Friday, February 26, 2010

Going for the Gold

I know there is a rumor that the reason that I haven't been blogging for the past few weeks is that I'm an Olympic athlete and I've been in Vancouver competing. Sadly this is not true.

I say sadly because Carnal Nation is reporting that the athletes in the Olympic Village have used up all the condoms that have been provided for them, a total of 100,000! Apparently 8,500 emergency condoms are being rushed in. According to the article:

Canadian skier Emily Brydon believes the condoms are being used for safer sex. "What happens at Olympic Village stays at Olympic village,” she says. “There's a lot of stress pent up over the week, so it's safe to say that some good times happen."

Snowboarder Crispin Liscomb agrees. "Everyone focuses so much on their event for their days, that in afternoon it's on. After four years, and really months and months for some of the sports with nothing but water and granola, these guys are ready to part and enjoy and vent."

Some might say it is a little be sensationalist to imply that the entire Olympic Village has turned into a huge orgy full of very beautiful, very athletic people... but that's what I prefer to believe so I'm going to imply away. Yes, the hottest, most exclusive orgy you'll never be invited to is going on right now in Vancouver, and the countries of the world are being united as never before.

Friday, February 12, 2010

Those Crazy Trannies Aren't Crazy Anymore in France

The French government has just announced that it no longer considers transsexualism to be a mental illness. It is the first country in the world to do so.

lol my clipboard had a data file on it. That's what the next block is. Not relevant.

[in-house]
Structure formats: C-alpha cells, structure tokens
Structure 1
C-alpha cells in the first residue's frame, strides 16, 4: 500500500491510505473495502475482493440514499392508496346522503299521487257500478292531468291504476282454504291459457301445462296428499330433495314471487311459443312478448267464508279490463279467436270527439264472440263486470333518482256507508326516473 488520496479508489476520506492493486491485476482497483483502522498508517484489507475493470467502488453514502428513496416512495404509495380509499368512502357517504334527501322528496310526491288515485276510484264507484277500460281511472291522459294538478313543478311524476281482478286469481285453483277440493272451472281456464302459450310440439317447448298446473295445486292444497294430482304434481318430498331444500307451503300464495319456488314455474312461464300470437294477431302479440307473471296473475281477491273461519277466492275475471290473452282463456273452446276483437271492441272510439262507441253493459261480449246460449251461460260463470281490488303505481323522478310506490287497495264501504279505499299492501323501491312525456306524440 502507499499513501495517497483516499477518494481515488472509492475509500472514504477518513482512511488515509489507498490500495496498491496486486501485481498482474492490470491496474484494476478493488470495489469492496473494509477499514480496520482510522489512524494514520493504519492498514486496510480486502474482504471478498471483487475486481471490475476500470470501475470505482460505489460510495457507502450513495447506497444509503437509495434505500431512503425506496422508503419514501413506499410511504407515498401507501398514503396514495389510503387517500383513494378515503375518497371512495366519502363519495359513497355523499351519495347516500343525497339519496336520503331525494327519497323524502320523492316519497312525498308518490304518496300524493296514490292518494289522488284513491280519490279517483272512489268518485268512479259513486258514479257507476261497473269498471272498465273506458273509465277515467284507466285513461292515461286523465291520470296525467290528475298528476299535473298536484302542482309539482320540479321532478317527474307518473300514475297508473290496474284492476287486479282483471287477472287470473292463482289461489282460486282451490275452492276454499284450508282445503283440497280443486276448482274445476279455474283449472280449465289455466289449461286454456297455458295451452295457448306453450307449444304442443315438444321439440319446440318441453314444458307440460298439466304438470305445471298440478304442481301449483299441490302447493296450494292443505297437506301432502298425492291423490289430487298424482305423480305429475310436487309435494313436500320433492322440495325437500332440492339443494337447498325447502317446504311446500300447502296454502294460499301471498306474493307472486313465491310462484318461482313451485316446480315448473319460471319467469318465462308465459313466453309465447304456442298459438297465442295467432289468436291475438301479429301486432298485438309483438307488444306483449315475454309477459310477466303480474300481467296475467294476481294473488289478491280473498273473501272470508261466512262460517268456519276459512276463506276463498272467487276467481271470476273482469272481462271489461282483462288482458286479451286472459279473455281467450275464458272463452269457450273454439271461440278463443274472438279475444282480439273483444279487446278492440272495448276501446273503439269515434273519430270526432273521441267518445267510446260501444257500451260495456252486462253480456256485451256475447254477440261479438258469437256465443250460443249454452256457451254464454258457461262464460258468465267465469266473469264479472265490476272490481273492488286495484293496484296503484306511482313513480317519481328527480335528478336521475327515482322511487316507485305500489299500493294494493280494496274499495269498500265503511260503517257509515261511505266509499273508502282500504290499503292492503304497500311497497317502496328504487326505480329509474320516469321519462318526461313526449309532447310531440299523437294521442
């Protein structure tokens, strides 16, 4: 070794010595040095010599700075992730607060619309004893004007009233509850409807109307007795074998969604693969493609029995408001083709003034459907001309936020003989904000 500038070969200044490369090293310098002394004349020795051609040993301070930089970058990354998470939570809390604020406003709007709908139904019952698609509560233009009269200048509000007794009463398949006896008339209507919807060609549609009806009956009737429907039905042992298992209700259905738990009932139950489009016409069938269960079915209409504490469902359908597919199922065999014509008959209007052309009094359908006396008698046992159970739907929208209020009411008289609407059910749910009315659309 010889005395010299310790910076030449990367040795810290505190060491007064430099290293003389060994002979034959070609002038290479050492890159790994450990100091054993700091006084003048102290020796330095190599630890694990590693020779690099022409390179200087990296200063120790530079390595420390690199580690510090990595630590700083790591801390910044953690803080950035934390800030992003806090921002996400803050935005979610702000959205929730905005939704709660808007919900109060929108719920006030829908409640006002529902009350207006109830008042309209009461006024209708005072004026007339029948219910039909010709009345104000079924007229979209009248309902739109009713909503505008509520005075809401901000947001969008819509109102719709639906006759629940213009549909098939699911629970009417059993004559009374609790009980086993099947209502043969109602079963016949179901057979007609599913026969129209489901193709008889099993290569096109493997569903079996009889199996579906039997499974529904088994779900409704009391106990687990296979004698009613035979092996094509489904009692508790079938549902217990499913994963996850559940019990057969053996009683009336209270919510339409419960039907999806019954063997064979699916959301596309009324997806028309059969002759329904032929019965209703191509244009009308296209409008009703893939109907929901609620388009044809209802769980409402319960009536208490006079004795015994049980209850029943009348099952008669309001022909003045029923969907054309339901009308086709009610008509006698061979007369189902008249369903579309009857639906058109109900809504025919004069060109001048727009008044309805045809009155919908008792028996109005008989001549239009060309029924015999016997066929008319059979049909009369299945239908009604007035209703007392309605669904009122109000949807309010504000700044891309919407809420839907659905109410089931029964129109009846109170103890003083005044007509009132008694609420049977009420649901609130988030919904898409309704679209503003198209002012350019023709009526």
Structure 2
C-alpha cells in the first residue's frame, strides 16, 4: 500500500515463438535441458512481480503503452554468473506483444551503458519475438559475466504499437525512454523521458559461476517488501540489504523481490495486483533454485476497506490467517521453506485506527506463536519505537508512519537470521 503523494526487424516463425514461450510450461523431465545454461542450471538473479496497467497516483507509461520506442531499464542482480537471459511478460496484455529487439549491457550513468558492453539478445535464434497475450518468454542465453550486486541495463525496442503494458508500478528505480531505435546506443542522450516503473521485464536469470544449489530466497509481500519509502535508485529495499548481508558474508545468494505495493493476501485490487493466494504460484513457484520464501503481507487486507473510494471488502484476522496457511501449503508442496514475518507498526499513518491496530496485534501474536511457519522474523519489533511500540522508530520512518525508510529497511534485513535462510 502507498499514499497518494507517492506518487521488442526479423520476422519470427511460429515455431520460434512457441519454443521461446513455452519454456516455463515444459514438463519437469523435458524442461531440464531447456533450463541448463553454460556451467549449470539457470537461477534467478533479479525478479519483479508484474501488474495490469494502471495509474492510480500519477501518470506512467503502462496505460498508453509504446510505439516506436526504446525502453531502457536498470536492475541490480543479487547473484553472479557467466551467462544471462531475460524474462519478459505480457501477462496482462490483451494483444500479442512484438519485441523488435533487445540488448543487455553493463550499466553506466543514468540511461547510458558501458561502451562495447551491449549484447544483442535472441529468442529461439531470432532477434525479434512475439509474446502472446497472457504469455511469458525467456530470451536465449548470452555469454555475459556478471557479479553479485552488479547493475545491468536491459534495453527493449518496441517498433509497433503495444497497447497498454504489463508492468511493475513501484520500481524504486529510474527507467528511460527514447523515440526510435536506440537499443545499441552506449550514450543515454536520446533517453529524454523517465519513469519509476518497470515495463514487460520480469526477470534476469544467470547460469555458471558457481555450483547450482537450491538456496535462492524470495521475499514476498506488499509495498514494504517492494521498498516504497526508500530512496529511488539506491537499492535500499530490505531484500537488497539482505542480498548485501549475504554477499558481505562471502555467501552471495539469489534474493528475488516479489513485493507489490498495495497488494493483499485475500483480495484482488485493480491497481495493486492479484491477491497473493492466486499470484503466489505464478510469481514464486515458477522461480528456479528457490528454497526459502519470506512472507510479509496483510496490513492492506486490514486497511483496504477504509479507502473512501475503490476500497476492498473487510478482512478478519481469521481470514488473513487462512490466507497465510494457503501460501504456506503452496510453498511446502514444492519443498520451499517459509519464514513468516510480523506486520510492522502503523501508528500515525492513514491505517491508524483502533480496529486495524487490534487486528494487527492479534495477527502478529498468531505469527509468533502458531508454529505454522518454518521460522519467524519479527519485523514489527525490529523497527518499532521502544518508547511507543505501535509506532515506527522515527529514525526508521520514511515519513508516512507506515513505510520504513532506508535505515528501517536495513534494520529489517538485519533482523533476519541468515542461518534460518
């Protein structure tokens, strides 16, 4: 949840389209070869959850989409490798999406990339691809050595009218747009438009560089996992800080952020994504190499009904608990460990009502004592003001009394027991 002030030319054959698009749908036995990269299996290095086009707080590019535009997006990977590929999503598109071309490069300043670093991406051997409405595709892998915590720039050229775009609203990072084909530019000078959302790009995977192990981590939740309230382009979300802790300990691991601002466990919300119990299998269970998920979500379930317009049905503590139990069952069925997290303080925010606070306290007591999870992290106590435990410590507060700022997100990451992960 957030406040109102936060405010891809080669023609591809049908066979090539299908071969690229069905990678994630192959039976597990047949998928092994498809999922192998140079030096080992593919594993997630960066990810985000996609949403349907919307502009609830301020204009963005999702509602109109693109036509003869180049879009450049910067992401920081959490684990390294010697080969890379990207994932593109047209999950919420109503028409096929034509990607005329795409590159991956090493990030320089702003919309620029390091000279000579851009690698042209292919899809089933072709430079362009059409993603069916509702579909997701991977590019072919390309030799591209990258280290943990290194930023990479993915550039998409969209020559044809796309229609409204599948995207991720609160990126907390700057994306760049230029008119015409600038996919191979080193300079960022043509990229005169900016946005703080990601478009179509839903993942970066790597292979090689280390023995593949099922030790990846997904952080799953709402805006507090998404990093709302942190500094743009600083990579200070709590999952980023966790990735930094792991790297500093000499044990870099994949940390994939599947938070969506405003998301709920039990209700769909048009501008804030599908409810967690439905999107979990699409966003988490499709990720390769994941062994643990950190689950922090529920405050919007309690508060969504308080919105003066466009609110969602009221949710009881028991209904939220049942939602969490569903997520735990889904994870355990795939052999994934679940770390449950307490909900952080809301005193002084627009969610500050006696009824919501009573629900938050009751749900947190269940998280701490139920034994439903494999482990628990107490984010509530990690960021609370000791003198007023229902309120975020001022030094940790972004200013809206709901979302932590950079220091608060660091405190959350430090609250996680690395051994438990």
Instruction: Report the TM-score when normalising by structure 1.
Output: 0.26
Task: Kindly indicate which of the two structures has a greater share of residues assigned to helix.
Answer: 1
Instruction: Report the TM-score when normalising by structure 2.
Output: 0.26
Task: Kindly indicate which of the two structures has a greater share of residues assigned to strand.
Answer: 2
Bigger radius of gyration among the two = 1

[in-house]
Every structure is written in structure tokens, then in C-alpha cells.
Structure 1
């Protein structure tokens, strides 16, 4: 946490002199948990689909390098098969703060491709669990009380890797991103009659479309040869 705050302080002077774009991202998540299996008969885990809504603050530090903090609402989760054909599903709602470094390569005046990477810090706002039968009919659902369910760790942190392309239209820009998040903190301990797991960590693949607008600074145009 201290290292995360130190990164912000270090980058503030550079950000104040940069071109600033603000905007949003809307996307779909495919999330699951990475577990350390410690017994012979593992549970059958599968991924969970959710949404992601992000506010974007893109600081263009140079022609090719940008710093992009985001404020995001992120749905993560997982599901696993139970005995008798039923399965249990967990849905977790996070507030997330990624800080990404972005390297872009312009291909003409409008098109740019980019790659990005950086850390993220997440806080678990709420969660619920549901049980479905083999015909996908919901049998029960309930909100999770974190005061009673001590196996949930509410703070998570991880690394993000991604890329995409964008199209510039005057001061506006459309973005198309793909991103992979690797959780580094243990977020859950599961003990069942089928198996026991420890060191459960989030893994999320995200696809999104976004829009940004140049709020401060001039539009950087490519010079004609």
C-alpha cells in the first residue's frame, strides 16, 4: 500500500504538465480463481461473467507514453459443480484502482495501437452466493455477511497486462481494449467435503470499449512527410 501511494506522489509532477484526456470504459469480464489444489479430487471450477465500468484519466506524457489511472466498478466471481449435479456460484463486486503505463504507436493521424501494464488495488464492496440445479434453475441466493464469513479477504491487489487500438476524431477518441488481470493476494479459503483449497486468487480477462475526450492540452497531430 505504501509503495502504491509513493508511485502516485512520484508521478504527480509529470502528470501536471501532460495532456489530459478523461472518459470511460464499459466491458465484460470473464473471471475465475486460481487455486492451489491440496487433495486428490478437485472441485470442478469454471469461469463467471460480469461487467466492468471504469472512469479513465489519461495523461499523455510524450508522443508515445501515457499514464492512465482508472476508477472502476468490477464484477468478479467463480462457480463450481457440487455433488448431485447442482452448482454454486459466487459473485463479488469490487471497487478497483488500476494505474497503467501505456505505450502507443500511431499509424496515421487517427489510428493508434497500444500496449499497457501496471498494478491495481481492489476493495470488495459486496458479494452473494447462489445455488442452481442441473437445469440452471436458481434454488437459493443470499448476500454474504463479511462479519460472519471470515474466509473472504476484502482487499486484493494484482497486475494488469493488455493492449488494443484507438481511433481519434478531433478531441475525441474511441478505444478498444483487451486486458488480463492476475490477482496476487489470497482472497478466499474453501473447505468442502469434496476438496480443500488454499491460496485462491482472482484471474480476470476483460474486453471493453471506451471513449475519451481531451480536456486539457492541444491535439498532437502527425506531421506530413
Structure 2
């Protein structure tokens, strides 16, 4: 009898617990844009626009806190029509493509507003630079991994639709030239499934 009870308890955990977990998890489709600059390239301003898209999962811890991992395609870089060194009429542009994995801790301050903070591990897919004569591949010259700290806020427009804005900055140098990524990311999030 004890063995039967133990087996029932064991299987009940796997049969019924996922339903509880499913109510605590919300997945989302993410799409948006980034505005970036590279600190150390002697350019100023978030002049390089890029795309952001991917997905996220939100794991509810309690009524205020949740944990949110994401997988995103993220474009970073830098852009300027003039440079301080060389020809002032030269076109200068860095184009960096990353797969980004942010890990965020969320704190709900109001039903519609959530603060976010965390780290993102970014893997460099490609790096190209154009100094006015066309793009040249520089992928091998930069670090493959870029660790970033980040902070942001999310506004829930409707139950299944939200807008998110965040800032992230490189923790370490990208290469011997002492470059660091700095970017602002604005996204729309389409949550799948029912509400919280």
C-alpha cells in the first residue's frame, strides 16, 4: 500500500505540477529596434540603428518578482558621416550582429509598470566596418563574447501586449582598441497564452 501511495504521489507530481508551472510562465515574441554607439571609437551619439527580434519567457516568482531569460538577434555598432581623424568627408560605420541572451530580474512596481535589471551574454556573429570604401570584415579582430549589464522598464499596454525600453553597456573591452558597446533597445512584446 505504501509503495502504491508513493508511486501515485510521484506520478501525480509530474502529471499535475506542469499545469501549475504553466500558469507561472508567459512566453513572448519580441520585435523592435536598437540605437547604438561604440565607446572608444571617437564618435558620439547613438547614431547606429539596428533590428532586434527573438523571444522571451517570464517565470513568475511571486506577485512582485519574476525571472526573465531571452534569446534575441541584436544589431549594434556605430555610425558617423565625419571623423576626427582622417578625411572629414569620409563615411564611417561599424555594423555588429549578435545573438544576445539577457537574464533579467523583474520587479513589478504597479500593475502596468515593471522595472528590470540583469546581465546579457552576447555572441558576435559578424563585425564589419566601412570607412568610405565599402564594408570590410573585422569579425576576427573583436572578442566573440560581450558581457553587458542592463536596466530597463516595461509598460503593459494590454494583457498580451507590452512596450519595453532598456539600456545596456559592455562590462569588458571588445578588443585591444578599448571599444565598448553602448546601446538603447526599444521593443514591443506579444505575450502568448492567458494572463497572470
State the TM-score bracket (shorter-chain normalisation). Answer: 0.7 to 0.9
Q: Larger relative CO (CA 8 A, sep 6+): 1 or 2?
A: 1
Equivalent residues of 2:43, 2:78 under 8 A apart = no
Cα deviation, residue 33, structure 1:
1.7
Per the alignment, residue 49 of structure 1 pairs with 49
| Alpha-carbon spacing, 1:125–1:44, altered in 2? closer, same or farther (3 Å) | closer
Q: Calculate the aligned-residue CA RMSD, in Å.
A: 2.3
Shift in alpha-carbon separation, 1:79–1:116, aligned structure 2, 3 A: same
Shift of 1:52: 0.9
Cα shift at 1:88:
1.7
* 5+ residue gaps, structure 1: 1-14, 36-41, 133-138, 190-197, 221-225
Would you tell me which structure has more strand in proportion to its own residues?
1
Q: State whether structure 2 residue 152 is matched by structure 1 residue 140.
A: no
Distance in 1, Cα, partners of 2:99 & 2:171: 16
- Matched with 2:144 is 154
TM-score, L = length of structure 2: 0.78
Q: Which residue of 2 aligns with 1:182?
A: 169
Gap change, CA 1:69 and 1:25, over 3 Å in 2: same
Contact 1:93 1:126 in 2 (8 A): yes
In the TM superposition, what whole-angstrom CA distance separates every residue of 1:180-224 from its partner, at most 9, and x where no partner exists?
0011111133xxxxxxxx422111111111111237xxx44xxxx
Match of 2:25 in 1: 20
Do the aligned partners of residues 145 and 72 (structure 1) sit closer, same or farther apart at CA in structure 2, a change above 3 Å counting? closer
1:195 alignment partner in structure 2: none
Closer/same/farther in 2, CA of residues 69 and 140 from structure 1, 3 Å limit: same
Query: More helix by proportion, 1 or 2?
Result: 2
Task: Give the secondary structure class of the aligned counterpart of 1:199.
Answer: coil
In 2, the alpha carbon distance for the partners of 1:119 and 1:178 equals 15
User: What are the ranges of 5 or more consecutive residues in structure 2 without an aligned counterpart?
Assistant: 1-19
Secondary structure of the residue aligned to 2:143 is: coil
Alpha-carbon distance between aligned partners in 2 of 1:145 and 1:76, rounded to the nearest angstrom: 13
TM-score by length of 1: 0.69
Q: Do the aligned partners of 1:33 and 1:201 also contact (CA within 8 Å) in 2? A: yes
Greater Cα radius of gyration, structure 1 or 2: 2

Sunday, February 7, 2010

V-Day Approaching: Save the Vaginas

This article horrified the hell out of me this morning. It is called "The Six Weirdest Things Women Do to Their Vaginas."

And as weird as these six things are, the weirdest thing that I've ever heard of doing to a vagina -- bedazzling it, also known as (and it's hard to even write it) vagazzling -- is not on the list.

Come on, people. Leave vaginas alone. I promise you it ain't broke. Please, for the love of God, don't try to fix it!

Friday, February 5, 2010

Wednesday, February 3, 2010

Make Haiti Your Valentine?

Today's Savage Love Letter of the day:
I enjoyed the opening to "Savage Lovecast" 172 in which you described being asked for advice from mainstream publications on "spicing up" couples sex lives. I thought your response was great. My wife and I, big fans of yours and the show, saw the devastation from the earthquake in Haiti and felt the need to do as much as we possibly could. We decided that we'd take the money we'd normally spend on Valentine's Day—flowers, dinner out, and the other stuff you came out so strongly against—and donate that money to the relief effort in Haiti. We're encouraging others to do the same. It's cheesy and lame but love doesn't cost a thing, and neither does staying home on Valentine's Day and fucking.

The Stacks - Howl on Trial

Howl on Trial
edited by Bill Morgan & Nancy J. Peters
City Light Books, 2006